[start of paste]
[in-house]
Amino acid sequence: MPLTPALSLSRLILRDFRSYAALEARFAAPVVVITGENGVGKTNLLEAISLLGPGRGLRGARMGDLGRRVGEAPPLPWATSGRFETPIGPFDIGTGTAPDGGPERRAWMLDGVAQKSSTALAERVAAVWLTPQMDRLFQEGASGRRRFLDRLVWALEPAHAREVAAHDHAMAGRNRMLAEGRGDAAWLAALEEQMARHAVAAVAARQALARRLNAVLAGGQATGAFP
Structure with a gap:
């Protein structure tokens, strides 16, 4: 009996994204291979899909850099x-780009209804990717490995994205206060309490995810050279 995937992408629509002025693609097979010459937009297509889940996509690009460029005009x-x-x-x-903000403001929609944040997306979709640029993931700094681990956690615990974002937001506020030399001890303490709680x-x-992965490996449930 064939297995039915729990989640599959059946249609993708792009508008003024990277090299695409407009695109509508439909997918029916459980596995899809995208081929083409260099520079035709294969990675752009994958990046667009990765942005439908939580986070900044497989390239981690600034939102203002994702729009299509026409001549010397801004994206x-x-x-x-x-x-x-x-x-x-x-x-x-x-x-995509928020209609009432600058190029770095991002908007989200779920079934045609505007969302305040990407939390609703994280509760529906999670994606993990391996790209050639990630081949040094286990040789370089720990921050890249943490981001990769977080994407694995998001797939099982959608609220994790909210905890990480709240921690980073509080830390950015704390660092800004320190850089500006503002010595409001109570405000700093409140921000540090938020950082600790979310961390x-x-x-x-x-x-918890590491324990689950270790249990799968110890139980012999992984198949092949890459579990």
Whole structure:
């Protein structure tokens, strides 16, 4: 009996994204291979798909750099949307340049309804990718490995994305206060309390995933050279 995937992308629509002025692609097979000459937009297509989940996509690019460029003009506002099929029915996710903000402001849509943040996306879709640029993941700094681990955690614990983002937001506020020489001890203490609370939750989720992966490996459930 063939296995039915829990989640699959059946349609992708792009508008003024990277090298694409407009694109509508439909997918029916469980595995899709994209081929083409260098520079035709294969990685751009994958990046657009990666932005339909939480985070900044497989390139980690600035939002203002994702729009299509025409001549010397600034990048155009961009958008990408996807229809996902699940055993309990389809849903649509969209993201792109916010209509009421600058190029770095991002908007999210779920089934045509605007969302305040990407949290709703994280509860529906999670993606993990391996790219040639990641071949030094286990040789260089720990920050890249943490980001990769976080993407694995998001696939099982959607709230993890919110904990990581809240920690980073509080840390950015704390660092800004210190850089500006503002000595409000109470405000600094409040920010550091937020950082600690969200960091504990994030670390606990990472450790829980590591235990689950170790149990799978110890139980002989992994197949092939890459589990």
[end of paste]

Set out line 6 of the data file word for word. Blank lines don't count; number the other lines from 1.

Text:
């Protein structure tokens, strides 16, 4: 009996994204291979798909750099949307340049309804990718490995994305206060309390995933050279 995937992308629509002025692609097979000459937009297509989940996509690019460029003009506002099929029915996710903000402001849509943040996306879709640029993941700094681990955690614990983002937001506020020489001890203490609370939750989720992966490996459930 063939296995039915829990989640699959059946349609992708792009508008003024990277090298694409407009694109509508439909997918029916469980595995899709994209081929083409260098520079035709294969990685751009994958990046657009990666932005339909939480985070900044497989390139980690600035939002203002994702729009299509025409001549010397600034990048155009961009958008990408996807229809996902699940055993309990389809849903649509969209993201792109916010209509009421600058190029770095991002908007999210779920089934045509605007969302305040990407949290709703994280509860529906999670993606993990391996790219040639990641071949030094286990040789260089720990920050890249943490980001990769976080993407694995998001696939099982959607709230993890919110904990990581809240920690980073509080840390950015704390660092800004210190850089500006503002000595409000109470405000600094409040920010550091937020950082600690969200960091504990994030670390606990990472450790829980590591235990689950170790149990799978110890139980002989992994197949092939890459589990």